The most grotesque aspect of Russia’s aggression in Georgia is the repeated Russian claim that Georgia poses a threat to Russia and its citizens. In language harking back to the Orwellian rhetoric of the Cold War, all Russian troops are “peacekeepers” and all Georgian forces are “diversionaries” and “terrorists.” Russian troops are now openly occupying Georgian territory on the grounds that law and order in Georgia has collapsed. Of course it has. Russian tanks and airplanes crushed it underfoot. Moscow bemoans the absence of “legitimate political leadership” in Georgian territories like Gori even as its troops occupy Gori without the slightest shred of legitimacy in international law. And, yes, this is in contrast with American actions in Iraq, which took place on the legal basis of the U.N. resolutions that followed (and ended) the first Gulf War.
The Russian occupation of Georgia has no such legal basis at all — not even the legality of a declaration of war. Yet Moscow continues to portray this occupation as an unfortunate necessity imposed upon Russia by Georgian “genocide” and incapacity to govern. The poor Russian general staff officers complain that they cannot even plan properly for the pull-back (as they explained in detail, Russian forces are not “withdrawing” from Georgia) since the Georgians can’t seem to get their act together despite the assistance of Russian soldiers, tanks, and combat aircraft in their country. The most Orwellian claim of all came today, when the spokesman for the Russian general staff explained that Georgian troops were attempting to reconstitute their combat capabilities and were concentrating around Tbilisi, Georgia’s capital. What an outrage! How dare the Georgians prepare to defend their capital! It is nothing less than an act of provocation, according to the Russians.
Comparing the current Russian rhetoric to the Cold War is, to some degree, unfair — to the Soviet Union. When the U.S.S.R. invaded Afghanistan in 1979, Moscow was meticulous about creating a fictitious Afghan government that “requested” the “fraternal assistance” of its socialist ally to the north, even if the leader of that government, Babrak Karmal, was not in Afghanistan at the time. Soviet operations to crush dissent in Germany, Czechoslovakia, Hungary, and Poland also followed “requests” from the leadership of those countries to their “fraternal socialist allies” to the east. Since the Soviets went to great lengths to explain the theory whereby they were always the “peaceloving peoples,” even when they invaded other countries, they also worked hard to preserve a veneer, however thin, to support the theory.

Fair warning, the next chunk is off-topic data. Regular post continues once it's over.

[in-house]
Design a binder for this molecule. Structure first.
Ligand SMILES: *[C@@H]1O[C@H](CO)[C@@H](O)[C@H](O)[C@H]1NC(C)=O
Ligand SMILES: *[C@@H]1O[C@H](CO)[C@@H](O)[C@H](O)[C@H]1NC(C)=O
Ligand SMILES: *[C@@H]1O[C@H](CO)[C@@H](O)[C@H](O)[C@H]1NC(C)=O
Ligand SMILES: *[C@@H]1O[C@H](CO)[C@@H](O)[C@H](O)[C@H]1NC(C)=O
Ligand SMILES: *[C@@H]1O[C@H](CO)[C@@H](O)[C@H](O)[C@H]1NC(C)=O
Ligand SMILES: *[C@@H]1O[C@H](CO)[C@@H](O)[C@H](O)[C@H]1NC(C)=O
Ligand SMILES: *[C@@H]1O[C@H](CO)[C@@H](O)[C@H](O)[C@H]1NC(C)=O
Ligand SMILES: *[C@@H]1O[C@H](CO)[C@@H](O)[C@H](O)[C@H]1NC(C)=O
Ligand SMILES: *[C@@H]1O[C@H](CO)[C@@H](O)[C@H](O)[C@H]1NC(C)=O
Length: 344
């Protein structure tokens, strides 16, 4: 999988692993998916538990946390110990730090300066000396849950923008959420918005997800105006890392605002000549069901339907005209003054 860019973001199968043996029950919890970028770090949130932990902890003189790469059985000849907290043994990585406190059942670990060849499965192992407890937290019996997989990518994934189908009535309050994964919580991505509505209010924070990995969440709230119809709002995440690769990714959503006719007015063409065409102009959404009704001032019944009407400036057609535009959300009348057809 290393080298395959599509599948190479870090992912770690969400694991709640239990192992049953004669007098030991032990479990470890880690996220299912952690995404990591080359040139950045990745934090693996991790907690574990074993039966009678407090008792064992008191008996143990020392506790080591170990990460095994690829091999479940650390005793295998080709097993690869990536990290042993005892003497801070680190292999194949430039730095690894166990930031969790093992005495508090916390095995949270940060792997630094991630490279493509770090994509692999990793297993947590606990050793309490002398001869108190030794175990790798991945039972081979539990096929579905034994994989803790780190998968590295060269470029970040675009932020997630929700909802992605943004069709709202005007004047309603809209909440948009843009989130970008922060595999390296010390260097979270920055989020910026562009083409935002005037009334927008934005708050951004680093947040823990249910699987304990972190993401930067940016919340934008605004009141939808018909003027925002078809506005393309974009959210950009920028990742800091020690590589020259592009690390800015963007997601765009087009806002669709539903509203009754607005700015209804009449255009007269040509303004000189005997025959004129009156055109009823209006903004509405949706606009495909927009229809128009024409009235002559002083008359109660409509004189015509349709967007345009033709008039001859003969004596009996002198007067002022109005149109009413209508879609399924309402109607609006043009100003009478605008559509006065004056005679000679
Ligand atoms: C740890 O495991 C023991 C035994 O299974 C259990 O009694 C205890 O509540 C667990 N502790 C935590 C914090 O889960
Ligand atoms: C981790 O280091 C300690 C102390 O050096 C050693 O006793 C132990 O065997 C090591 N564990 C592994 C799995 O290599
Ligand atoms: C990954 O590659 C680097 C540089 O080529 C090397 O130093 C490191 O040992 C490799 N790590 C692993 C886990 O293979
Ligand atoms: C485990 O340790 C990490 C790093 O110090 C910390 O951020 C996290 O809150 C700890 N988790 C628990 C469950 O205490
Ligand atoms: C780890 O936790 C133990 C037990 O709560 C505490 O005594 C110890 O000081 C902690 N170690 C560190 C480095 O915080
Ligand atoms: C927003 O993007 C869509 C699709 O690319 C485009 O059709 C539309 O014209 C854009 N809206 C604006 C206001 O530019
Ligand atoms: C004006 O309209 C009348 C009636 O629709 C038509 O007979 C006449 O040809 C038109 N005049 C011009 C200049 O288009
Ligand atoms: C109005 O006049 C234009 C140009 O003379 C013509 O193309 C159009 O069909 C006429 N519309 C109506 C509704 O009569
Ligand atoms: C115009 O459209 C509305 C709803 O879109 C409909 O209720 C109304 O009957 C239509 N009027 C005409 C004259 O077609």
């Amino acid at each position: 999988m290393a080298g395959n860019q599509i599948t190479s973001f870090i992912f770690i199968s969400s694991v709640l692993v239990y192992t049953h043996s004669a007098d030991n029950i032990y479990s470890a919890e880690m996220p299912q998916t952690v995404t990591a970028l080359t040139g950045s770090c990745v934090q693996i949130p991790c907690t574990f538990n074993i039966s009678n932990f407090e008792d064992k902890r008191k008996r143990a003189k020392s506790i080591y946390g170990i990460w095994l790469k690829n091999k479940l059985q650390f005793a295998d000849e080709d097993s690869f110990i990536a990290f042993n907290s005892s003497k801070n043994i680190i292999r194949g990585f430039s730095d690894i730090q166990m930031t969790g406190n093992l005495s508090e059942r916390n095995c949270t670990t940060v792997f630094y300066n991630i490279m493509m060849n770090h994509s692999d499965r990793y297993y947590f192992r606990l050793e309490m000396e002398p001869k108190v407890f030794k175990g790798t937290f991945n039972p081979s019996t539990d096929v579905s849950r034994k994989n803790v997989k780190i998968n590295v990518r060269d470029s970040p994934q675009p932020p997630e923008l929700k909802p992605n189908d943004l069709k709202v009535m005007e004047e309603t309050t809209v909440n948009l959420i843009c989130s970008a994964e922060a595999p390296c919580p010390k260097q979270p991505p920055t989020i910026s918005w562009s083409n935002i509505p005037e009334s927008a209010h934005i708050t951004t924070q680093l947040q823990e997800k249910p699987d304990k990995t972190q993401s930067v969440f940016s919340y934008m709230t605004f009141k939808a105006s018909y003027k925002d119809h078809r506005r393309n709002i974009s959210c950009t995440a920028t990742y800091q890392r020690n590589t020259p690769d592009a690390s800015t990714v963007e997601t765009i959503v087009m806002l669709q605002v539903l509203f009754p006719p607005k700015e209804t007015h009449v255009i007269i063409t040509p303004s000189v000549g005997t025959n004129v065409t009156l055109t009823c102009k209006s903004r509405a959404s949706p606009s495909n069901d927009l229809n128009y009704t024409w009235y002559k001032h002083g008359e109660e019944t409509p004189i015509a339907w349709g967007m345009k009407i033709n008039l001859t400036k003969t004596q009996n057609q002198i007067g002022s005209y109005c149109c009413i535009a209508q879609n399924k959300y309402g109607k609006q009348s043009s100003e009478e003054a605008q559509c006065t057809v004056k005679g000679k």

Putin, by contrast, feels no such obligation. The leaders of South Ossetia and Abkhazia certainly did ask for Russian assistance — as well they might, being out-and-out Russian satellites. Those requests were in line with traditional Cold War Soviet practice. But there is no Georgian government-in-exile requesting Russian “fraternal assistance” within Georgia proper. There is no U.N. mandate, no OSCE agreement, no provision in the charter of the Commonwealth of Independent States, and no article in the trilateral agreement by which Russian peacekeepers were in South Ossetia to begin with, justifying Russian attacks on Georgian cities, roads, and garrisons. The only justification the Russians can find for their unremitting efforts to destroy the Georgian military completely is that it poses a threat to their “peacekeepers.” Stalin is probably spinning in his grave, wishing that he’d thought of that. As a justification for the illegal occupation of a neighbor and the destruction of its military, this thesis is so much easier to explain than Marxism-Leninism! And the wonderful thing about it is that it works everywhere: Estonia, Latvia, Lithuania, Ukraine, even Poland — all could pose threats to Russian troops, er, peacekeepers.
The one problem with this otherwise brilliant justification for outright Russian imperialism is that it is demonstrably false — unlike the esoteric theoretical premises of Marxism-Leninism. The Georgian military at its pre-war height consisted of about 29,000 servicemembers, including perhaps 17,000 in maneuver units in the army. It was mostly a light-infantry force, fielding around 82 T-72 tanks, around 210 armored personnel carriers. Its air force had half a dozen or so operational combat airplanes and about ten operational attack helicopters. The Russian army, by contrast, has over 6,000 tanks, more than 6,000 armored personnel carriers, hundreds of bombers, fighters, and fighter-bombers. Russian forces within Georgian territory numbered well over 10,000, calculating all the reinforcements Moscow sent to “protect” its peacekeepers. It is very likely that Russian forces within Georgia now outnumber the remaining effectives in the Georgian army.